By October 1888, when the above-mentioned Daily Eagle correspondent accompanied the young girl’s body to the King’s County potter’s field to observe her interment, the situation had improved. Pits were no longer used; bodies were buried in graves, each containing three or four bodies, with the top body five feet below the surface. Pine boards were placed above each grave, marked with the numbers of the coffins beneath; each body, including children, had a number to correspond to the burial books kept in the almshouse. In some areas of the graveyard plain white crosses identified the names of those beneath. A single marble headstone stood in the cemetery, marking the grave of a child.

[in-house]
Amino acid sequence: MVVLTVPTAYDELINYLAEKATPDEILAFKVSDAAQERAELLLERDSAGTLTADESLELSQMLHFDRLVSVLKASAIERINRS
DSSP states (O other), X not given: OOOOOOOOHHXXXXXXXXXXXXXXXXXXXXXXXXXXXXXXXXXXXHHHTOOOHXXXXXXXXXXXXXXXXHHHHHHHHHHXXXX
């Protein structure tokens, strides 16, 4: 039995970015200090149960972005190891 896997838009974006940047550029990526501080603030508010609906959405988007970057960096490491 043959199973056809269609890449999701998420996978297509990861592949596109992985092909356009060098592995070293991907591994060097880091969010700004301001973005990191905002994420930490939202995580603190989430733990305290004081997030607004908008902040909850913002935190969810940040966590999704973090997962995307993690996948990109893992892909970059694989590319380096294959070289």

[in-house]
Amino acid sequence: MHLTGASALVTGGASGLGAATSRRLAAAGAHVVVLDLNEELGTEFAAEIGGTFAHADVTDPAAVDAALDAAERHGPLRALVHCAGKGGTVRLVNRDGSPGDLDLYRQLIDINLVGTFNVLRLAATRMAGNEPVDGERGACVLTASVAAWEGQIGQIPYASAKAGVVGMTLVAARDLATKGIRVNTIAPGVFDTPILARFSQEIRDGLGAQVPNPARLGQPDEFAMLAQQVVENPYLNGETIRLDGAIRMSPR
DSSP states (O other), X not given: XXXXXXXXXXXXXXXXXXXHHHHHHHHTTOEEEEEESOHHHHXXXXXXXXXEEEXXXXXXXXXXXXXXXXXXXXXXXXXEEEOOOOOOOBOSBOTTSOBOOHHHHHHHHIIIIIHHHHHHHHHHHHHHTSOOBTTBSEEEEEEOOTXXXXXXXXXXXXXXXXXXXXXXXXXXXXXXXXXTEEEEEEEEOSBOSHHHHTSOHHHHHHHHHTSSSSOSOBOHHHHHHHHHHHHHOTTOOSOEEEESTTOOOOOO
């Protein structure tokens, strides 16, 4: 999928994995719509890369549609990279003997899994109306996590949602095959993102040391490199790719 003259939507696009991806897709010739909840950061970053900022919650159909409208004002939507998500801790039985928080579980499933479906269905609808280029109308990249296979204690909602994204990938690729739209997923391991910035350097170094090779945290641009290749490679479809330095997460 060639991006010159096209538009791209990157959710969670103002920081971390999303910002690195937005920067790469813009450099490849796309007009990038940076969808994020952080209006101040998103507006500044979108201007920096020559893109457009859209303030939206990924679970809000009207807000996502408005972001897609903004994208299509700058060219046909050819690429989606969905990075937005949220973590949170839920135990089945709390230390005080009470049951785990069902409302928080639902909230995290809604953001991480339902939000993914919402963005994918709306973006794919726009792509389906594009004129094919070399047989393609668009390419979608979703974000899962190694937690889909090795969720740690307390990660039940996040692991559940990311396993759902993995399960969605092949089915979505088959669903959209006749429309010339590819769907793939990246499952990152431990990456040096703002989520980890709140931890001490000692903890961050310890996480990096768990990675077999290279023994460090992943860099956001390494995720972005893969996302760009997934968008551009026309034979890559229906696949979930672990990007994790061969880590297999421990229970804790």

The Kings County cemetery was used until about 1914 when the state acquired the County Farm and its buildings from the city and the complex became known as Long Island State Hospital. In 1917, the Brooklyn Daily Eagle reported that the remains of the estimated 50,000 individuals interred in the potter’s field were disinterred and removed to a burial ground on North Brother Island; hospital buildings and other structures were built over the site, which is now the Kingsboro Psychiatric Center. In August 2017, construction workers repairing sewers near the grounds of the psychiatric center found human remains about 13 feet underground. The skull, arm and leg bones, unearthed at Clarkson Avenue by East 48th Street, are believed to be from the long-forgotten potter’s field.